Eating Healthier on a Budget
Eating healthy and adhering to a strict budget is not easy, but these little changes made a huge impact on my checkbook. Tasked with following a budget AND buying healthier foods at the same time was a struggle. The following were the biggest takaways from my experience:
Do not compromise on health. For the longest time I had the mindset of "we can't afford to eat healthy" so I never even tried. Set your goal high, and don't give up and buy crap food just because it is easier. You will figure out healthier alternatives if you are determined enough.
Only go shopping when you are motivated to stick to the list. You have to be accountable to yourself for what you buy.
Purchase the cheaper healthy things. For example, fruit like bananas tend to be less expensive than grapes or raspberries. If certain items are on sale, I prioritize buying those and stocking up while they are at a good price. This can also be done when it comes to protein. Adding more eggs to your diet or swapping out a steak for a pork chop will positively affect your monthly budget without negatively affecting your health.
Buy frozen instead of fresh. Frozen is usually far more cost effective. There is also good evidence to support frozen produce being more nutrient dense than the "fresh" fruit that is picked prematurely and ripened in transit to the store.
Buy more nutritionally dense foods and/or eat a little less. I have found my kids eat less for lunch when they have a healthy whole wheat bread sandwich instead of one made with nutritionally void white bread. Buying the more expensive heartier goods may end up being close to the same cost because of the reduced amount consumed. You may not need to consume as much food as you think either, and if you’re looking to lose weight this is a win-win solution. I often forego breakfast and/or lunch. (Intermittent fasting)
Spend time comparing prices to find the cheapest ways to get the products you use. Buying in bulk is usually the way to go, and there are many places (including online) to shop around at. Not everything sold at a wholesale club is actually cheaper, so be fully aware of the price per unit to be sure you are spending your money as wisely as possible.
Stop buying pre-packaged snacks. Items like fruit leather rolls and low calorie sodas are huge ad-ons in a budget and are highly unnecessary. Cutting a few of these products will free up your food budget. (Try these no-bake bars for a substitute for pre-packaged granola bars. Or check out these refillable snack pouches.) I do still buy a small quantity of prepackaged snacks for convenience just for my kids. The rule is I only use these snacks when absolutely necessary. Otherwise, I make my own snacks for my kids when I'm home.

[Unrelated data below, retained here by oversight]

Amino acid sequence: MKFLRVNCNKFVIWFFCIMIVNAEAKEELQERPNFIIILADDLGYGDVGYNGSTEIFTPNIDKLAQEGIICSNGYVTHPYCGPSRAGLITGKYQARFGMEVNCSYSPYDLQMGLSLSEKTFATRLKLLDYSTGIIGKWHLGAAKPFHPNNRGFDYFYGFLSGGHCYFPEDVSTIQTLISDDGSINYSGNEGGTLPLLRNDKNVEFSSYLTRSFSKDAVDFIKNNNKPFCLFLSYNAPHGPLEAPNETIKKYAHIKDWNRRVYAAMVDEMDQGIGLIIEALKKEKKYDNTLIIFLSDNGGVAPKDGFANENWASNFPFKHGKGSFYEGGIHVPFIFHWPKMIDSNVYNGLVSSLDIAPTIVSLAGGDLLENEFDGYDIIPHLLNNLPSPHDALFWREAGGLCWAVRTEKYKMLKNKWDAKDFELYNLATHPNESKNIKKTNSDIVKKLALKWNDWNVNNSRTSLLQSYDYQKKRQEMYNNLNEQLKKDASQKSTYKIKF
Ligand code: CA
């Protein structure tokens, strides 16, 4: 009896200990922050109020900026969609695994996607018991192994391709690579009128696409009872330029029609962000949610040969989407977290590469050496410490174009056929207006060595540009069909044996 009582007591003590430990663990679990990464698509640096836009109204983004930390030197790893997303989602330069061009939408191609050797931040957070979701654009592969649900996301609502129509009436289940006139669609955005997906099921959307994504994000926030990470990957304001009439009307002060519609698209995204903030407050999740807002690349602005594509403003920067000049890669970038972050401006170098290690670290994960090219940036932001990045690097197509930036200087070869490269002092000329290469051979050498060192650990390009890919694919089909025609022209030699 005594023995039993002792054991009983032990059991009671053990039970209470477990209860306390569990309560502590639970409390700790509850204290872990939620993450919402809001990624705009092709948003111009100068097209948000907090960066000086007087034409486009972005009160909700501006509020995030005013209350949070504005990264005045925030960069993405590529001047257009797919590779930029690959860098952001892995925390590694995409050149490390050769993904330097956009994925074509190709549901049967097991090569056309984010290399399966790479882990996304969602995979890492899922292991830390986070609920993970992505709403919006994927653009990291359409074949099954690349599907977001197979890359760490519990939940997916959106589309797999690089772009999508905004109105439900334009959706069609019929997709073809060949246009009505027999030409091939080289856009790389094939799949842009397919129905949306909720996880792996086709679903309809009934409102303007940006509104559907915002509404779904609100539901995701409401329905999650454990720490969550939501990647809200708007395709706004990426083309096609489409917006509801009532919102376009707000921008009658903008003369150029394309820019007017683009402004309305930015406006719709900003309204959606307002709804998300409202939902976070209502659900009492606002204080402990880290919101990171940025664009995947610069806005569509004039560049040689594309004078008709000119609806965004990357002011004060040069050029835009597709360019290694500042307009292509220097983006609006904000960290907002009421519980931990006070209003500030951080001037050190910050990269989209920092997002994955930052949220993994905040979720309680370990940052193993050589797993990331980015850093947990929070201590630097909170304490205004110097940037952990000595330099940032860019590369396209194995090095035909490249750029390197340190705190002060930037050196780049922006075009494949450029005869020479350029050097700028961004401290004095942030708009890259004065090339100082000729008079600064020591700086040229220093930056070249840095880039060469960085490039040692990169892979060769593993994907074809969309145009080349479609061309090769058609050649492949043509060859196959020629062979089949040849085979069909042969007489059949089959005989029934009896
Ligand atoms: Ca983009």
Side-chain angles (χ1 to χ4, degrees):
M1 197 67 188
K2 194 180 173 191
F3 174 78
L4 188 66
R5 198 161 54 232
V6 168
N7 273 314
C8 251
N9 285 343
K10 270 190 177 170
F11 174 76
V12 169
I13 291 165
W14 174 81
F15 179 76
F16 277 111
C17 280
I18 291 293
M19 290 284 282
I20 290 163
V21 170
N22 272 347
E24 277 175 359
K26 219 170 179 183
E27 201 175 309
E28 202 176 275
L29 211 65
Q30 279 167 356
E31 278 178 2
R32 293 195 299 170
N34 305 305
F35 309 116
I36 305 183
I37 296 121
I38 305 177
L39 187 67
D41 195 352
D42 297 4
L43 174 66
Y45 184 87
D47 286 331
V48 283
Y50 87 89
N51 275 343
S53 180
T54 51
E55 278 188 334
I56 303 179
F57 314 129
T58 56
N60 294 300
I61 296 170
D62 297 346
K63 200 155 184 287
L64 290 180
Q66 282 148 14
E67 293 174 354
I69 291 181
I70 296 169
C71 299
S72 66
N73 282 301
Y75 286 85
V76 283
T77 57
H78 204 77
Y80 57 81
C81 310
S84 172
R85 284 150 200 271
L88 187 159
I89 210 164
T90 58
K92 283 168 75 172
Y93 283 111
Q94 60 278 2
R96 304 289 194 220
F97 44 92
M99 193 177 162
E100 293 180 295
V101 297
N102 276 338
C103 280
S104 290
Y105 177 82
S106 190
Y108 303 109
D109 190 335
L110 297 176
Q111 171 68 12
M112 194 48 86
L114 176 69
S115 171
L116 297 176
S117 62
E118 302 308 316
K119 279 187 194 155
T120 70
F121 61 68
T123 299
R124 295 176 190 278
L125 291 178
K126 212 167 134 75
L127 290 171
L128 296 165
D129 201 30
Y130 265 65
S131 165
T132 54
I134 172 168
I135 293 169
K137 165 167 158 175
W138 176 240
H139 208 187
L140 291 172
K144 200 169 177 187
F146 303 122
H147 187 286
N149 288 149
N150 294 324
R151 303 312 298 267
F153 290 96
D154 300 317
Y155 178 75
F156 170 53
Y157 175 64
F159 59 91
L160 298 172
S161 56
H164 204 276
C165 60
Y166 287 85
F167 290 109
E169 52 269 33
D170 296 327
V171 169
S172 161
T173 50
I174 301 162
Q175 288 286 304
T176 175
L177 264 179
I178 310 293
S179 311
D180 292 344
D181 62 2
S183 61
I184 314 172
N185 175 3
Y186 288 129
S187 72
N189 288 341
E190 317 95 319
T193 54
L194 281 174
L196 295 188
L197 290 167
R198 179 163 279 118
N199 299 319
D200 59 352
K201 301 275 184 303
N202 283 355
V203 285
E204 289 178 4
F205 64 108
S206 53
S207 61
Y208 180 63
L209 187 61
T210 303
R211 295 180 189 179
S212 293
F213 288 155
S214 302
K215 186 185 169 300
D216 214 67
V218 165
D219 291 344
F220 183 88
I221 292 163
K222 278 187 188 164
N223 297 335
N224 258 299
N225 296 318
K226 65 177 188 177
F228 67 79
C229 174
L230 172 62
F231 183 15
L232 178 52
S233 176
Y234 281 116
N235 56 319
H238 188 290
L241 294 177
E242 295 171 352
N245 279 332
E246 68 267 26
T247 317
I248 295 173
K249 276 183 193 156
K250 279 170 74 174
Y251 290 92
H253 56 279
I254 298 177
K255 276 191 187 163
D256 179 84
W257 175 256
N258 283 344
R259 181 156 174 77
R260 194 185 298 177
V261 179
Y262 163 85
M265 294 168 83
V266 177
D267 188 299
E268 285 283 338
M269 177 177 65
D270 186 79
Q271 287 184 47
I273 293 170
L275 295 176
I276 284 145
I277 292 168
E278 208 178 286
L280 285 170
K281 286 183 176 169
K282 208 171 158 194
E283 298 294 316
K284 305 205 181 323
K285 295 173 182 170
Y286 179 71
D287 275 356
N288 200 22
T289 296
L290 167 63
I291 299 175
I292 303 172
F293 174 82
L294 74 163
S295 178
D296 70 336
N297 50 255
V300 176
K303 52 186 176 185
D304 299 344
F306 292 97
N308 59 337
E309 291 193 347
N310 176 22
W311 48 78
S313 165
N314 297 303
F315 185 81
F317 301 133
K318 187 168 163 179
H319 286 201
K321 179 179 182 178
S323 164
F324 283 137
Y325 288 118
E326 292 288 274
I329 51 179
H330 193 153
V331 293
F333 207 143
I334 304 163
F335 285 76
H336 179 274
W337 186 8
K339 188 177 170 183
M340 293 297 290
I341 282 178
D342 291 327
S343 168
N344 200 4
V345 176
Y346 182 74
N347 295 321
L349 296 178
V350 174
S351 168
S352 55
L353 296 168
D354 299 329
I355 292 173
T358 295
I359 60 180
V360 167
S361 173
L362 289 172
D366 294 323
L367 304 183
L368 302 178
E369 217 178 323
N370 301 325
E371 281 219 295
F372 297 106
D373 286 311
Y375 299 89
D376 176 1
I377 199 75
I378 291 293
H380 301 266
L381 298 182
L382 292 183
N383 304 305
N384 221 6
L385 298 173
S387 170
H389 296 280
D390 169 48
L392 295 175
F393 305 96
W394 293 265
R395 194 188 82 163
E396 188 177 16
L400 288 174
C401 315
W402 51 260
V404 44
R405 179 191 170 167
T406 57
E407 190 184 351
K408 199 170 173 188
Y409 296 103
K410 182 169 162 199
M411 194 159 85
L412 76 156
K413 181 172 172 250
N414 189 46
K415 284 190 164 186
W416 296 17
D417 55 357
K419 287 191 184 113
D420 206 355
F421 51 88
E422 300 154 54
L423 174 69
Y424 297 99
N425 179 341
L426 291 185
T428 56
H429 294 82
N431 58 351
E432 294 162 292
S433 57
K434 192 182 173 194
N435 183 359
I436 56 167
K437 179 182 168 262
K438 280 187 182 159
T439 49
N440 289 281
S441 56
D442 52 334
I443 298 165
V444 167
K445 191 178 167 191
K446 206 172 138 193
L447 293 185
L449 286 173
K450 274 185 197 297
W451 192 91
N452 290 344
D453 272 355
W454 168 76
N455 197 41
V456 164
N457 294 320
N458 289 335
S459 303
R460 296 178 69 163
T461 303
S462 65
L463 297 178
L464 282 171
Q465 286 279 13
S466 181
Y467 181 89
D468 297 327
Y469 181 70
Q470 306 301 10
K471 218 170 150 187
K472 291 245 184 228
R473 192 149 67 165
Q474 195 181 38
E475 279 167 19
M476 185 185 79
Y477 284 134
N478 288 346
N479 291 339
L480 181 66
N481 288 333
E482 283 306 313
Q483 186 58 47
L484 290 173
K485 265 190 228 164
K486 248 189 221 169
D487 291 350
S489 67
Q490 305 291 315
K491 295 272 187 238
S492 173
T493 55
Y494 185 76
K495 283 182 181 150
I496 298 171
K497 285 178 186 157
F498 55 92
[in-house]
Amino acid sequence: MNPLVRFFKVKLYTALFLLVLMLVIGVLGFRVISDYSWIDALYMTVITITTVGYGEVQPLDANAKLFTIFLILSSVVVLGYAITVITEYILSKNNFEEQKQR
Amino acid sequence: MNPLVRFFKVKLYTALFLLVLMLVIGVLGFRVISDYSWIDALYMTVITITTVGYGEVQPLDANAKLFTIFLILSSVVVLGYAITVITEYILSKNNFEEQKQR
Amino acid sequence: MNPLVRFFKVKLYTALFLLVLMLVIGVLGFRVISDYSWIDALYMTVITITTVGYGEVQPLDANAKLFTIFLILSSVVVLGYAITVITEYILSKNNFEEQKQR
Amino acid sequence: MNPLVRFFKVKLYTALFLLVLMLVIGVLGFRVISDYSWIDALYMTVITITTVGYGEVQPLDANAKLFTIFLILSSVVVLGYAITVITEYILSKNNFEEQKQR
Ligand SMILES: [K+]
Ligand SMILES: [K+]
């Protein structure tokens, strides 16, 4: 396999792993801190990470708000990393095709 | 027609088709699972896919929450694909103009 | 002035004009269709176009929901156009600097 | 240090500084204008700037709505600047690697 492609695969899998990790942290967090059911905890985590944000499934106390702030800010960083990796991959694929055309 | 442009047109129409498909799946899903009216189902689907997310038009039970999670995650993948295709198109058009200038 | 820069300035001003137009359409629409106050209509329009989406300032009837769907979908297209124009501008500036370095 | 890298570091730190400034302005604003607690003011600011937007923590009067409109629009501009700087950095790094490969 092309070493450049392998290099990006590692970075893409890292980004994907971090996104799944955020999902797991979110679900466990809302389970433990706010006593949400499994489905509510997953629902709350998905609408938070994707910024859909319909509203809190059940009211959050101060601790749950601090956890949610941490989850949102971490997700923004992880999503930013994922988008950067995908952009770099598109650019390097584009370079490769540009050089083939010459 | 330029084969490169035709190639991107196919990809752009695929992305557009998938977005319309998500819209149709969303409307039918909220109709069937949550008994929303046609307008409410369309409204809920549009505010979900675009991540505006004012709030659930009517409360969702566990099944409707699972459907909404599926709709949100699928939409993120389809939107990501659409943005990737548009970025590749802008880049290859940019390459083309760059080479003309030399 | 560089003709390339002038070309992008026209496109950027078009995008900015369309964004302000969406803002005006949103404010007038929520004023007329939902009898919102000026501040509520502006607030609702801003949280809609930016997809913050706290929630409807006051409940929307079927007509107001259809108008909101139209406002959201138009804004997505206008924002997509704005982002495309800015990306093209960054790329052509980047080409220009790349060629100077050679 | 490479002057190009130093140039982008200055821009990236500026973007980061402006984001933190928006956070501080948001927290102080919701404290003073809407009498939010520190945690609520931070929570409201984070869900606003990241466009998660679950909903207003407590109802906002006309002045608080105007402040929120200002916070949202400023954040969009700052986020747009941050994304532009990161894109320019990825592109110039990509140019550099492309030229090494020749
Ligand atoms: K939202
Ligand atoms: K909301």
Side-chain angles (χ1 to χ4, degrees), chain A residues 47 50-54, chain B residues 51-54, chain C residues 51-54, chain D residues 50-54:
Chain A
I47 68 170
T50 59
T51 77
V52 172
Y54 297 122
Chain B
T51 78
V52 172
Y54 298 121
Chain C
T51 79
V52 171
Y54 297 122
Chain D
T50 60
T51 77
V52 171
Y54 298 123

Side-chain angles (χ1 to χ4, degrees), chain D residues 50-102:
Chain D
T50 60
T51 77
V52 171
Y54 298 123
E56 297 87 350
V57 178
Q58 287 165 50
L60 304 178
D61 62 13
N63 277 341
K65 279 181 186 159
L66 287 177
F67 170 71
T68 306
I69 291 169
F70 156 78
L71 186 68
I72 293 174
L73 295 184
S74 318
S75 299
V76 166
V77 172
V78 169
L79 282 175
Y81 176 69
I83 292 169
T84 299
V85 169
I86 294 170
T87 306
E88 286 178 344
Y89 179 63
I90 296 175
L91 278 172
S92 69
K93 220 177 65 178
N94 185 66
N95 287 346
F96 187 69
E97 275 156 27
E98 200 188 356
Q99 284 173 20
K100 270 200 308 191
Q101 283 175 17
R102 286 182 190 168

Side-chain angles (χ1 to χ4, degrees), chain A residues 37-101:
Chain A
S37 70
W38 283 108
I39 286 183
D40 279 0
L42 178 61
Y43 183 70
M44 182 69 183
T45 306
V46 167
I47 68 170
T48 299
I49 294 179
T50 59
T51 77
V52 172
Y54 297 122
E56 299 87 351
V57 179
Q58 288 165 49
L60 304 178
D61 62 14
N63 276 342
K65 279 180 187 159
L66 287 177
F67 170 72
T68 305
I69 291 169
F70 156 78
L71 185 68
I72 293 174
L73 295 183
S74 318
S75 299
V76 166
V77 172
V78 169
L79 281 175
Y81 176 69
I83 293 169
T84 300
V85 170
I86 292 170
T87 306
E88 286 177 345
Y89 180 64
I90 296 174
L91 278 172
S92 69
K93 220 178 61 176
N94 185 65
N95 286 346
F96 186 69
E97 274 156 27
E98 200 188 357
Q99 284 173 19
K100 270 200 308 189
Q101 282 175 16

Make plans to use up remnants or foods going bad shortly instead of getting to the point you have to discard them. I try not to waste any food. Getting creative with what you have on hand is often necessary. I find myself making small substitutions in recipes just to use ingredients up. (If you have just a little bit of heavy whipping cream left, try modifying the ratios of my two-ingredient strawberry fluff dessert that I created to use up heavy cream that was going bad soon.)
Make more goods at home. While if you add monetary value to the time spent making your own bread, tortillas, yogurt, dressings, granola, and the like, it may not save anything. However, if you find you have time as a homemaker, making things yourself is a good way to save money. (And make healthier foods for your family too!) Start with the easy stuff like Allison's no-knead bread or Mary's homemade pizza dough.) Buying whole ingredients and putting them together yourself saves money.
Live a little. This might sound counterproductive, but in order to not be stressed and uptight, treat yourself from time to time. This might be a frozen dinner or carry out food for relief from making a home cooked meal, or a bag of chocolate covered pretzels or freeze dried strawberries for a no-effort dessert. Yes, these luxuries might be expensive, but rewarding yourself for your efforts goes a long way. Overall, this will help keep you from getting burnt out.
If you set your mind to it, feeding your family healthier foods is possible. Willingness to make changes and making more homemade goods made the biggest impact for me. I hope this article motivates you to try to work better groceries into your budget.